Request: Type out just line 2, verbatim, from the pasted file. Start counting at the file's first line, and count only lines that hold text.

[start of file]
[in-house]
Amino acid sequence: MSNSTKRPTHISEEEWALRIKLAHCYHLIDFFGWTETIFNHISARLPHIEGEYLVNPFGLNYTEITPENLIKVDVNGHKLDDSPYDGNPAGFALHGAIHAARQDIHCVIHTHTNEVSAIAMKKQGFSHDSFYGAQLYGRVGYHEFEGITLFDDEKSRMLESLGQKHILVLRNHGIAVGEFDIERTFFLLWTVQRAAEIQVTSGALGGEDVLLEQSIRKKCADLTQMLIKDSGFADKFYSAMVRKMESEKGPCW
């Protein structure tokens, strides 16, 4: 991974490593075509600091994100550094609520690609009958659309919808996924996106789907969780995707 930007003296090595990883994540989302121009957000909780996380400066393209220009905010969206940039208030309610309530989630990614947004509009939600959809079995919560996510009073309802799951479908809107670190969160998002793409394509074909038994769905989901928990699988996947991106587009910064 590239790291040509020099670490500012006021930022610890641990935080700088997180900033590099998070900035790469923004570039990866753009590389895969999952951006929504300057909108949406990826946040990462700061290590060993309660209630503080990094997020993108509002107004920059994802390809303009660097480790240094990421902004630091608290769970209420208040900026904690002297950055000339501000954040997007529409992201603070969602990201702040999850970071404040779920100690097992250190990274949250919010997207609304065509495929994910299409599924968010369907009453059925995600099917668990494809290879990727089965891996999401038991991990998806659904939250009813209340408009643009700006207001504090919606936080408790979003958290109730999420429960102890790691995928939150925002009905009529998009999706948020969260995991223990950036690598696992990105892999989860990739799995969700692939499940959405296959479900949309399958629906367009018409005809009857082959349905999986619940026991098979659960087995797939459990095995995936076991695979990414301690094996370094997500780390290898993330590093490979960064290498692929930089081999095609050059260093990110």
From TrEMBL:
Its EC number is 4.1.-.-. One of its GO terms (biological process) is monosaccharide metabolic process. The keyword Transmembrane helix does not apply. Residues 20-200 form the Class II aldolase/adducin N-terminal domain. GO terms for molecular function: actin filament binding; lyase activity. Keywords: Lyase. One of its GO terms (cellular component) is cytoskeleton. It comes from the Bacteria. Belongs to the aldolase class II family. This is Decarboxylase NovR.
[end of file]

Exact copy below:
Amino acid sequence: MSNSTKRPTHISEEEWALRIKLAHCYHLIDFFGWTETIFNHISARLPHIEGEYLVNPFGLNYTEITPENLIKVDVNGHKLDDSPYDGNPAGFALHGAIHAARQDIHCVIHTHTNEVSAIAMKKQGFSHDSFYGAQLYGRVGYHEFEGITLFDDEKSRMLESLGQKHILVLRNHGIAVGEFDIERTFFLLWTVQRAAEIQVTSGALGGEDVLLEQSIRKKCADLTQMLIKDSGFADKFYSAMVRKMESEKGPCW